Peggy a. Crawford, cited by Doughty, discusses how MS may affect an individual's children, his/her marital relationship, as well as other family members. Koch and McReynolds, cited by Doughty, examine parenting issues. Nancy Cooper, Wendy Sullivan, and Rosemary Zuck, Doughty notes, focus on challenging contemporary, community living issues for individuals with MS, as they provide information on community-based care programs such as respite care, adult day programs, and assisted living facilities. The authors also share information regarding services the National MS Society in local area(s) offer. Other components covered in Multiple Sclerosis: A Guide for Rehabilitation and Health Care Professionals include:

Techniques aimed to foster and/or strengthen independence among individuals with MS.

Career development and employment issues for individuals with MS, including physiological and psychological factors that affect the critical rate of unemployment among individuals with MS.

Wilson and Islam note the following known characteristics about MS:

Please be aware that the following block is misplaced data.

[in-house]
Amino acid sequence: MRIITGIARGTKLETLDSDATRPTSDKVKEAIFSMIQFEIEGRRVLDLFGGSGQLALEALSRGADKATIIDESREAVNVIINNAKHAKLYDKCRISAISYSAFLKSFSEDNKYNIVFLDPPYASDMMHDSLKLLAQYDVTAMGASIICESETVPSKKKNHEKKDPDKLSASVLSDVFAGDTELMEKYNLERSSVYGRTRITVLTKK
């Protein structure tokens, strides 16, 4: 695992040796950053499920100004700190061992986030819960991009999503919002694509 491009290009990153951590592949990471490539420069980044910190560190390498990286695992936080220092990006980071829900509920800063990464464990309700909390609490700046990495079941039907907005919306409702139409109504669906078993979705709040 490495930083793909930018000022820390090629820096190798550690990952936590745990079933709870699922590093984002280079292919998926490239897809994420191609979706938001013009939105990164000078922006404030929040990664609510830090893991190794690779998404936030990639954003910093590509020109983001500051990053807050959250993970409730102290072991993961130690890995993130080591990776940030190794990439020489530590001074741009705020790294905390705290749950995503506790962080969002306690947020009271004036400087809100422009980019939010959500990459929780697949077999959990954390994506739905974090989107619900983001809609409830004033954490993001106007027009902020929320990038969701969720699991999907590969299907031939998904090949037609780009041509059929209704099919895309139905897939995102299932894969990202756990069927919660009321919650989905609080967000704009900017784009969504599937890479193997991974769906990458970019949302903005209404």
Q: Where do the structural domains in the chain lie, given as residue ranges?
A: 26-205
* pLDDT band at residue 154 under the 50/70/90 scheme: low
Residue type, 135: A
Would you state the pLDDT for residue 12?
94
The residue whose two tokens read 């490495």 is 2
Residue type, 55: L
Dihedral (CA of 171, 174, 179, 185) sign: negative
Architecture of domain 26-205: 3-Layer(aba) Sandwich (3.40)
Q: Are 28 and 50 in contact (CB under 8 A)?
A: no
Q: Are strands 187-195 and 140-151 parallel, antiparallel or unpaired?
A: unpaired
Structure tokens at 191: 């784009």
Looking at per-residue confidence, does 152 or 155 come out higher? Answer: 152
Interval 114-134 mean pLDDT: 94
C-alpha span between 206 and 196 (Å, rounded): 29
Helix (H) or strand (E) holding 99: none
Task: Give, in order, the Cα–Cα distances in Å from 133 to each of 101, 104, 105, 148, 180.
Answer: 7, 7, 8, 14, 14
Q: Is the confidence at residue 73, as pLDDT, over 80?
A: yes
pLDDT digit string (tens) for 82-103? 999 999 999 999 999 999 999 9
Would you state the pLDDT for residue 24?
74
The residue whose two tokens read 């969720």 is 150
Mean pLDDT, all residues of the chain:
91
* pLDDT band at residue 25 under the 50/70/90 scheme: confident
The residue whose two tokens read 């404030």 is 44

Race: MS is most prevalent in white persons of northern European descent (Hauser, 1994).

Sex: Male-to-female ratio is approximately 1:2 (Noseworthy, 2000).

Age: MS is a disease of early adulthood.

Onset has been documented in patients aged 2-74 years, although the disease usually appears between the late teenage years and the fourth decade of life, peaking at approximately age 35 years.

In men, the onset is slightly later than in women (Hauser, 1994).

Anatomy: MS is a demyelinating CNS disorder, and it may affect any central white matter. Lesions are commonly located in the optic nerves and tracts, throughout the supratentorial and infratentorial white matter, and along the myelinated tracts of the spinal cord. Locations may include the corpus callosum, cerebellar white matter, and corticospinal tracts.